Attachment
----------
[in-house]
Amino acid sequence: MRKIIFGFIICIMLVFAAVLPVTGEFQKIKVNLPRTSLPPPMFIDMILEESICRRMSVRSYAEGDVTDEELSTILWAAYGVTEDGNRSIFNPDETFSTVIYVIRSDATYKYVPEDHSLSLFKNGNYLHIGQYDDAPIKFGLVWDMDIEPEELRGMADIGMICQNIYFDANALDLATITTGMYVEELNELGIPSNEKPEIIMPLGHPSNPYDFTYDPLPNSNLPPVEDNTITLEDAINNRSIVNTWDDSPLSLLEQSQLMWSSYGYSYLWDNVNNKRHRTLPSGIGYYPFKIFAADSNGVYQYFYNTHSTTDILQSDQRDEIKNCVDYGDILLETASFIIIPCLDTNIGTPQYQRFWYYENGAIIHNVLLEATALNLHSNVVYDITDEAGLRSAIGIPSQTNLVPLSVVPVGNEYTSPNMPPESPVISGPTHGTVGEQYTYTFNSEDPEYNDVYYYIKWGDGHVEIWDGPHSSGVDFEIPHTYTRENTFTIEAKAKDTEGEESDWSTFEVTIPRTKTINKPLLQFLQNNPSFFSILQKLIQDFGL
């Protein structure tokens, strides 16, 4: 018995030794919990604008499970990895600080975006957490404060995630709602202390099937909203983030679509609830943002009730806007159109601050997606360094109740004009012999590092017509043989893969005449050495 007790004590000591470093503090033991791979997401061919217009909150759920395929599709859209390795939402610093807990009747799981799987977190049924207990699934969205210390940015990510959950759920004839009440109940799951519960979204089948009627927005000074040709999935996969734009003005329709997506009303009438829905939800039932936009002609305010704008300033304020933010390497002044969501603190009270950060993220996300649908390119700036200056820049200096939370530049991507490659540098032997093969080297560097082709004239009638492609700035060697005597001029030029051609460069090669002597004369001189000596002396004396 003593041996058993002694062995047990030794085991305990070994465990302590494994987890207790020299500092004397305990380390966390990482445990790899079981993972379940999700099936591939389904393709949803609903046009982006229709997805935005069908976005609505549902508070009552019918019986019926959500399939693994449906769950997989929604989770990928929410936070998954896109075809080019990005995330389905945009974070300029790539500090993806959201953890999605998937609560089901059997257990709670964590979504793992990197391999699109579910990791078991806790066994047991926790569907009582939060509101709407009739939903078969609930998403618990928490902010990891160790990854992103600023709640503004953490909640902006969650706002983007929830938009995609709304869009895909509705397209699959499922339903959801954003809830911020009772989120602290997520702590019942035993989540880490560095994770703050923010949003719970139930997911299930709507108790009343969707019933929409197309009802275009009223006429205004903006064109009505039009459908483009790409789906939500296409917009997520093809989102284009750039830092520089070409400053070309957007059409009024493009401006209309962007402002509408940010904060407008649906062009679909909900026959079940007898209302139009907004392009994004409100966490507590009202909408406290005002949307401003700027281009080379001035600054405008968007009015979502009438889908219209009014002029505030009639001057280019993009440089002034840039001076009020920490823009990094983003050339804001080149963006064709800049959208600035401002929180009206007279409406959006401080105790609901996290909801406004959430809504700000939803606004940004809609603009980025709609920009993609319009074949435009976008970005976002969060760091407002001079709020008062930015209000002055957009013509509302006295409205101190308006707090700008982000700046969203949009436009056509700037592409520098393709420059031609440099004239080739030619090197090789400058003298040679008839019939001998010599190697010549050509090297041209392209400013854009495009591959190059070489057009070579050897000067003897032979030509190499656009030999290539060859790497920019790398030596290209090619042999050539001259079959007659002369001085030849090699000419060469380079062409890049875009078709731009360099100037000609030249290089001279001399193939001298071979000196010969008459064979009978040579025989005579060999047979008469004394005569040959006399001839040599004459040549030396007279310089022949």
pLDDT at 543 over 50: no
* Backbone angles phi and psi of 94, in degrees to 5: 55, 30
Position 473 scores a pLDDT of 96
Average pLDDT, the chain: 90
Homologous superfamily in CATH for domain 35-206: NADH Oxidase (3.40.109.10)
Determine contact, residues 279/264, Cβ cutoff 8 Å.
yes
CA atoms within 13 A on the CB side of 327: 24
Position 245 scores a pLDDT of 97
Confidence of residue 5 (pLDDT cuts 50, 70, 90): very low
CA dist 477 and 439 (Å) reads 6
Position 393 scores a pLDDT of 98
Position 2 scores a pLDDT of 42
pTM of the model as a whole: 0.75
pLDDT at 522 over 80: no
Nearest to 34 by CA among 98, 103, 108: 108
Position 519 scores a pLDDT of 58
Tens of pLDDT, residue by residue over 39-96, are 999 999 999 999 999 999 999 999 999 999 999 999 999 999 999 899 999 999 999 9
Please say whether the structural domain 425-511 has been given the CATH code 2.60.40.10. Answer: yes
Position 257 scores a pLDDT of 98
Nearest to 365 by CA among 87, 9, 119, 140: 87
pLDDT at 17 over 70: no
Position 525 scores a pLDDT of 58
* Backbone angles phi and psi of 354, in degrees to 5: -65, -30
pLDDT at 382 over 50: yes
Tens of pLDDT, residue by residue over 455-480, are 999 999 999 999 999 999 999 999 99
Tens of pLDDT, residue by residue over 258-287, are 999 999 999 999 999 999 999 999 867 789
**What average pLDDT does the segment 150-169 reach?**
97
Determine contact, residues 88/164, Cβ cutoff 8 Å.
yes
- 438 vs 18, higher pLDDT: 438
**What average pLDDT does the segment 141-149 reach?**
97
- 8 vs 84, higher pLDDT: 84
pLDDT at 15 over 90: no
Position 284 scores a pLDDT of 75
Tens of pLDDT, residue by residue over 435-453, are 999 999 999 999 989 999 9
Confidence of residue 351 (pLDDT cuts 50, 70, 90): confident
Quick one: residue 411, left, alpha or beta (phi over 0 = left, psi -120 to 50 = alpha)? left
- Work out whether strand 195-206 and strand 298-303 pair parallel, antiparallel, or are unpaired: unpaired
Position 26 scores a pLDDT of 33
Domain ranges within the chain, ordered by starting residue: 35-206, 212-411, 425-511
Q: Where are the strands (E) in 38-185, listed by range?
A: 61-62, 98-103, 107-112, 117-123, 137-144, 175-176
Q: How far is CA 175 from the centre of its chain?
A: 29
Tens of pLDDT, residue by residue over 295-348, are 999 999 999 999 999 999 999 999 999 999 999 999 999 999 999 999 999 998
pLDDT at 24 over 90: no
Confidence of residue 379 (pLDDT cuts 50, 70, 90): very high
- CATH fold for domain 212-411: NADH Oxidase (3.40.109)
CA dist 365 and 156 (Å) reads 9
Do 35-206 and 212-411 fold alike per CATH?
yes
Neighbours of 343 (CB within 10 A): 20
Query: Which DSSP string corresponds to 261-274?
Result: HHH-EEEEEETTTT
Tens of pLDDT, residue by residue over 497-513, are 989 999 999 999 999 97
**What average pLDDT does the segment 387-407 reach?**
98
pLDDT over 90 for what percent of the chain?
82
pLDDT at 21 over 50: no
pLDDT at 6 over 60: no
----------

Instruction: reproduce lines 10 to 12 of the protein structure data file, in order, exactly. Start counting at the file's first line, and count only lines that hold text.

yes
CA atoms within 13 A on the CB side of 327: 24
Position 245 scores a pLDDT of 97